A good Introduction to the history of the Melungeons and Melungeon research can be found in:

Everett, C. S. "Melungeon History and Myth." Appalachian Journal . ASU APP COLL STACKS: F216.2 .A66. See v. 26, #4 (1999), pp. 358-409.

To continue: Click Here.

Thursday, November 18, 2010

The Journal of Appalachian Studies

The Journal is a refereed journal published twice per year by the Appalachian Studies Association (ASA) with support from the Marshall University. It is the official journal of the ASA, a multi-disciplinary organization for scholars, teachers, activists, and others whose work focuses on the Appalachian region. The Journal of Appalachian Studies supersedes earlier publications of the ASA, including Proceedings and the Journal of the Appalachian Studies Association.

Individual subscription rate is $50 per year (student rate $30, proof required), and includes membership in the Appalachian Studies Association Tables of content for all issues are available online and back issues of interest may be ordered.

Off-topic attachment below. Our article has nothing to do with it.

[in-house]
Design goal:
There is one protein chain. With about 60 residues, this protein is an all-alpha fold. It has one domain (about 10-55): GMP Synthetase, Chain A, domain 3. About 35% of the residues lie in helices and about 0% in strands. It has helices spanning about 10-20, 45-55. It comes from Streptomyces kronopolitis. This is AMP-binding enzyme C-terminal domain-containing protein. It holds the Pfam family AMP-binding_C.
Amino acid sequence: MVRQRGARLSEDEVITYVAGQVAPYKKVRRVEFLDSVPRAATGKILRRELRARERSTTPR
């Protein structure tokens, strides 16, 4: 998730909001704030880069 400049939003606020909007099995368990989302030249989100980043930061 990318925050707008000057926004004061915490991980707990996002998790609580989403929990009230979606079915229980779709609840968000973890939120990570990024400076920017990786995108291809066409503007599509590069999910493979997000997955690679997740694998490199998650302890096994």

For more information: Click Here.

Wednesday, November 17, 2010

Uncovering the Trail of Ethnic Denial: Ethnicity in Appalachia

An Excerpt From
Diversity in the U.S. South
Carol D. Hill and Patricia E. Beaver, Editors
Southern Anthropological Society

There is a pervasive idea that Appalachia is inhabited by white people of northern European ancestry. While social scientists, journalist and novelist all acknowledge the presence of the occasional "other," white ethnic homogeneity is an assumption underlying most references to the region. The story may include a few black people in the towns, still fewer Indians localized on the Cherokee reservation, and a sprinkling of new ethnicities like Asians and Hispanics, but they don't really figure into regional history. Cultural analysis has consistently begun with Anglo-Saxon/Scotch Irish cultural domination.

To continue reading: Click Here.

Tuesday, November 16, 2010

Appalachian Studies Bibliography